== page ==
Ebbs and flows of English language
It is well known that in the mid of the fifth century three Germanic tribes invaded modern-day Britain. These tribes spoke similar languages that gradually morphed into Old English and this language was spoken until the 12th century.
It is interesting to note that Old English would be unrecognisable to modern English speakers but its usage constructed the platform for the evolution of the modern era English.
The impact of the Old English is rated to be enormous as almost early of the words spoken in modern English have their roots in it, including “water,” “strong,” and “be.” In another historical development in 1066, the Normans conquered England and brought an early version of French, which would be spoken in Britain by the upper classes but the lower and servant classes stuck with English and did not speak French that remained foreign to them.
This linguistic class division existed until the fourteenth century when English again became the primary language for everyone in Britain but now it was quite infused with French that was gladly adopted by people. The language after Norman Conquest is known as Middle English.
Beginning from the sixteenth century a phenomenon known as the Great Vowel Shift began. It was a distinct change in pronunciation that made the articulation of vowels shorter and shorter. This was the dawn of the Renaissance, a time of extraordinary advances in science, technology, art, exploration and philosophy, all of which combined with the Great Vowel Shift to nudge Middle English toward the era of Early Modern English. However, one singular advancement had the greatest impact of them all and that was the invention of the printing press.
Industrial printing not only gave rise to the mass production of the written word but it standardised the English language and it so happened that the first English dictionary was printed in 1604.
Next in the path of development took place around 1800 when many new words began entering the language. The reason for this was twofold. First, the Industrial Revolution created a need for new words to describe new machines, processes, and concepts.
Second, the British Empire covered nearly one-quarter of the world, which naturally led to foreign words being absorbed into the language.
The result that is seen now is the English prevalent now that is widely understood, spoken and written globally. One of the most important aspects of the language is the patterns that evolved over time and gave English the modern shape.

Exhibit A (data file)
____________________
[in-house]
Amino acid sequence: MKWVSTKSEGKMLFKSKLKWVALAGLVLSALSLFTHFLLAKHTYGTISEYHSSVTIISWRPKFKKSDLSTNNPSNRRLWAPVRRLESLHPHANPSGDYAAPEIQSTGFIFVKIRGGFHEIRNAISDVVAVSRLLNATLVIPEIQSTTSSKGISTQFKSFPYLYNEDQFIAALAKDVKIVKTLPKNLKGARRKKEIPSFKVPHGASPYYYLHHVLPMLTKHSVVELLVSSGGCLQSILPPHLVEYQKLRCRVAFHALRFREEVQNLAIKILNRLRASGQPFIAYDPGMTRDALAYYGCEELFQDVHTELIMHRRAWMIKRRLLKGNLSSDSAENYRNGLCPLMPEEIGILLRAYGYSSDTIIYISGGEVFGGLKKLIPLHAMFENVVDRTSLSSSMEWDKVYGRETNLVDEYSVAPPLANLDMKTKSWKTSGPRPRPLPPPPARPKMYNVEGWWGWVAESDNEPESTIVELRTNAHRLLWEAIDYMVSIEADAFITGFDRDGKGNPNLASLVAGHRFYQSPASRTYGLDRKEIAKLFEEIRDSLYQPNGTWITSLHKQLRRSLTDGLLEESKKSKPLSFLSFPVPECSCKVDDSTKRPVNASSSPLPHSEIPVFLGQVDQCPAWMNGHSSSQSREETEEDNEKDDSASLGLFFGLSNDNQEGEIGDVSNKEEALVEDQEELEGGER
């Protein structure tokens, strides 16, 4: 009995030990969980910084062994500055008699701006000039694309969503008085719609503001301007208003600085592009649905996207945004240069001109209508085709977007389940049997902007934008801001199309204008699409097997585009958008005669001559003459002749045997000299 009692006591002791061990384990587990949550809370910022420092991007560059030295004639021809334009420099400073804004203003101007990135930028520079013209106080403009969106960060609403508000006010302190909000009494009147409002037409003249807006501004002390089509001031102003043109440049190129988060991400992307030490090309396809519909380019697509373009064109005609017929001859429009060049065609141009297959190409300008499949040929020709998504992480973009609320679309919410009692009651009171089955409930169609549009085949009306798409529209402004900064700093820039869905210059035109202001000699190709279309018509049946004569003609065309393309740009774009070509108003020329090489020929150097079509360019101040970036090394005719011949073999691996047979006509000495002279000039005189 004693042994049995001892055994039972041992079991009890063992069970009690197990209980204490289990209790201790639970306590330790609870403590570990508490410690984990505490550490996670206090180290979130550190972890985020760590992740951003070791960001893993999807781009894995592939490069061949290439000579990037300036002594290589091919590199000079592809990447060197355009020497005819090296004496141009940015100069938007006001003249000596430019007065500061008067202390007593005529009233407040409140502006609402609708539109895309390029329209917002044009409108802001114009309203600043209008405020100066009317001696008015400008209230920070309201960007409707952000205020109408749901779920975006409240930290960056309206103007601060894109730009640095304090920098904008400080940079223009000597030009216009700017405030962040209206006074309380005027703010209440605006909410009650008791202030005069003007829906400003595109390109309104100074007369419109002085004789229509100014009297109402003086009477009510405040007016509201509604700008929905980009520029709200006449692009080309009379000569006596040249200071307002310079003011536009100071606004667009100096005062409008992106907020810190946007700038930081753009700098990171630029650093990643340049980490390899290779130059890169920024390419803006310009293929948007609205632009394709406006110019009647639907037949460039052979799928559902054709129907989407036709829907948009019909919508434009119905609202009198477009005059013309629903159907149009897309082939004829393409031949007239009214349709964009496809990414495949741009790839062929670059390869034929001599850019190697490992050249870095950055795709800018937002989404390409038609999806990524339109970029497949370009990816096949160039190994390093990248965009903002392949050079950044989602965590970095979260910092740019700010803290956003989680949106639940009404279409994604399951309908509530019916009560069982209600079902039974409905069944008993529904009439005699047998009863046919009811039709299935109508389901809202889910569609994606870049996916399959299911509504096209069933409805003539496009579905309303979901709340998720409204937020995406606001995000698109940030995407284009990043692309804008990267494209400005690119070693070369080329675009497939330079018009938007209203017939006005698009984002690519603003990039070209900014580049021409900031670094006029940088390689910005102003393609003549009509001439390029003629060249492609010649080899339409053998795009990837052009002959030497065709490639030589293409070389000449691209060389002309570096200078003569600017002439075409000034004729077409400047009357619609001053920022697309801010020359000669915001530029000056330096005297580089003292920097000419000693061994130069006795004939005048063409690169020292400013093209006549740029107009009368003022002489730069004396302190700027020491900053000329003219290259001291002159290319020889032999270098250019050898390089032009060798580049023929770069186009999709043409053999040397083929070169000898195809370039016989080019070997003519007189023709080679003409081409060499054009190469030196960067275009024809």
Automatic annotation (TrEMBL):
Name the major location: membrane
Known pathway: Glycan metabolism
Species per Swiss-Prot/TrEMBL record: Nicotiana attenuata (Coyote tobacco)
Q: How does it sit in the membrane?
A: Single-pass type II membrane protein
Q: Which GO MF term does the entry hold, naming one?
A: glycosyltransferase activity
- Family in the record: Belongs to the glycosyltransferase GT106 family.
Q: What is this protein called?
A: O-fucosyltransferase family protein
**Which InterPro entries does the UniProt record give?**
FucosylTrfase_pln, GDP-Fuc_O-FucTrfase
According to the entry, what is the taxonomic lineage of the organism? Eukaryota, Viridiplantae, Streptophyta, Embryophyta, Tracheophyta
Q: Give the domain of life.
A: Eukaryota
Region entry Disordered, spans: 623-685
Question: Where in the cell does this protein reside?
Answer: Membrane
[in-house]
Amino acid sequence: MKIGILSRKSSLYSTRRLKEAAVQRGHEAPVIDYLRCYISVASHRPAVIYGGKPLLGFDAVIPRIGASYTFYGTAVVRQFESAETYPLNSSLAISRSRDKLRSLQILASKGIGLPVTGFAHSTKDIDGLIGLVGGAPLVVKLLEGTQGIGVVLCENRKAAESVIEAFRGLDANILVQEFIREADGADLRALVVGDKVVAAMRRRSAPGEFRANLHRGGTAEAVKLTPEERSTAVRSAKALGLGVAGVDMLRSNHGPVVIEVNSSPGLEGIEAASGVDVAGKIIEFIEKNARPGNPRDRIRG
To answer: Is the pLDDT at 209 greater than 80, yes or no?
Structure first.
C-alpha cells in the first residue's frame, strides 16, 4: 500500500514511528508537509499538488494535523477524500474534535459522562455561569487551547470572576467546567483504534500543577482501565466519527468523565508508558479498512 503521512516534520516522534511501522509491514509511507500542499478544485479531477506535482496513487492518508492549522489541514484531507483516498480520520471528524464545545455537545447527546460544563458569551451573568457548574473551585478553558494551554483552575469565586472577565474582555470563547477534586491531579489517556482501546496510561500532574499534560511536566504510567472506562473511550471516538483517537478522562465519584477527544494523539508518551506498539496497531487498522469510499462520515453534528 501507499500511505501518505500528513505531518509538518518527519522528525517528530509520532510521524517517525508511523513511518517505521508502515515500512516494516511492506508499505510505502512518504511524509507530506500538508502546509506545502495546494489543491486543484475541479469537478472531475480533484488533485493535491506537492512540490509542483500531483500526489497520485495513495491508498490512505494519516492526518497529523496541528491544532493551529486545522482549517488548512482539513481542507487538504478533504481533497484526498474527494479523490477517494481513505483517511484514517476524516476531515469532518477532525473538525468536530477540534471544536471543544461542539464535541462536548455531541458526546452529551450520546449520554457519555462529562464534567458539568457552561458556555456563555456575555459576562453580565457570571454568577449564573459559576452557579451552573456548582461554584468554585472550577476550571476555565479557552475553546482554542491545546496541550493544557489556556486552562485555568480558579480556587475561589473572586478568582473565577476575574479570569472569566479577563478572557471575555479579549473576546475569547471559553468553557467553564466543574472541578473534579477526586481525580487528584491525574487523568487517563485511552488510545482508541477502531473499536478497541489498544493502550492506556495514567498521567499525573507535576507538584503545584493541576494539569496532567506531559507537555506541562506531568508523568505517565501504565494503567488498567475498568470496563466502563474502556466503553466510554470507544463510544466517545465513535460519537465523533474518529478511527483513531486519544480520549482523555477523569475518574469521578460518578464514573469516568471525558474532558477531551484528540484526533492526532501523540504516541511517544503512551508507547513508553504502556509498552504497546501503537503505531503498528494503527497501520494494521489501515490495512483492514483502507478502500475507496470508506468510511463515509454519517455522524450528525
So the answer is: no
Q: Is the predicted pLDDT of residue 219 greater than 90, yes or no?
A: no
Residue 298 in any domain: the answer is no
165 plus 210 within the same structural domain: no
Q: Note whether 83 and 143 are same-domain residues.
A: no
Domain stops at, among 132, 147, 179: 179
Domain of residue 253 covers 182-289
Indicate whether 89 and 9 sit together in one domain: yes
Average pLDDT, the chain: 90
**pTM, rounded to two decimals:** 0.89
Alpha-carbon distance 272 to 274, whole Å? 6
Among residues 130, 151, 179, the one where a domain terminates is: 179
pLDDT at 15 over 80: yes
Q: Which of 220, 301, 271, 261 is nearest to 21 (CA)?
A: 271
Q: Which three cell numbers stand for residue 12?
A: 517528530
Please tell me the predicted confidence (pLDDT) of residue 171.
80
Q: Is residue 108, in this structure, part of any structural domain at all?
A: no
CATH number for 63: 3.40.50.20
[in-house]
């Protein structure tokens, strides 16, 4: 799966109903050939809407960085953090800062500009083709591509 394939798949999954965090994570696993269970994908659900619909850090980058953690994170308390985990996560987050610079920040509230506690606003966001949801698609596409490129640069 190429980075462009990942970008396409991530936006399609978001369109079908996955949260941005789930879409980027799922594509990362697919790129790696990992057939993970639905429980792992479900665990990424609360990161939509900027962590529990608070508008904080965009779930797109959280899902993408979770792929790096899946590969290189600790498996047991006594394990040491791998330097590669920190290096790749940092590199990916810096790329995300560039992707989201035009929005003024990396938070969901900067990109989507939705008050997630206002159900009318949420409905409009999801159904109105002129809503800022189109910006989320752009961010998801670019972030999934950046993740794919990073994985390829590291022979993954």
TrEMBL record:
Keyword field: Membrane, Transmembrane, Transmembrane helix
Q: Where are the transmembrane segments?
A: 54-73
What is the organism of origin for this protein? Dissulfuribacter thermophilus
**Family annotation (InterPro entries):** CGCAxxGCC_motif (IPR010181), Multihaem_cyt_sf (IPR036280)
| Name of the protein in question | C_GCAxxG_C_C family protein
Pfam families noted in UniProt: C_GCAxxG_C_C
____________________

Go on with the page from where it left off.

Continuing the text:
To begin with is Intonation describing how differences in the way words are spoken can change the meaning of the uttered word. With falling intonation, the voice falls on the last syllable of a phrase, which is usually the case with “wh”-word questions.
Rising intonation lifts the voice at the end of a sentence and this is common to yes-and-no questions, while fall-rise intonation drops the voice then raises it to indicate uncertainty.
Interrogative aspect pertains to asking and it is one of the four basic types of sentences as interrogative sentences, ask questions and end with question marks. Like all sentences, they must contain subjects and verbs, but in this case, the verb comes first. Interrogative sentences begin with who, whom, when,which, whose, what, where, why, and how.
Infinitive usually refers to freedom of form and it is the basic form of a verb that is not bound to a tense or subject—they almost always contain “to” and a verb. “To be, or not to be, that is the question” from “Hamlet” is one of the most famous uses of infinitive verbs in history.
Imperative can be a noun or an adjective indicating urgent necessity but grammatically speaking, it is one of four main verb moods.Verb tenses deal with time while verb moods indicate states and the imperative indicates a state of command.
“Turn the radio off and sit down” is an imperative sentence.
Inflection refers to the addition of letters to verbs, adjectives and nouns to reflect changes in their grammatical forms. The plural inflection of “box” is “boxes.” The irregular plural inflection of “mouse” is “mice.”
Onomatopoeia is also very interesting. Everyone who has ever read a comic book understands that words like “pow!” or “bam!” represent swift strikes or impacts.
These, along with “honk,” “sizzle,” “beep,” “moo,” and “baa” are all perfect examples of onomatopoeias: words that sound like the sounds they represent.
Aphorisms are terse and pithy statements of principle. “Age ain’t nothing but a number” is an aphorism, albeit a grammatically incorrect one, as is “if it ain’t broke, don’t fix it.”
Consonance describes the intentional repetition of similar sounds, particularly consonants, in close proximity—hip-hop music is full of consonance.
This article originally appeared in The Weekender and has been reproduced with permission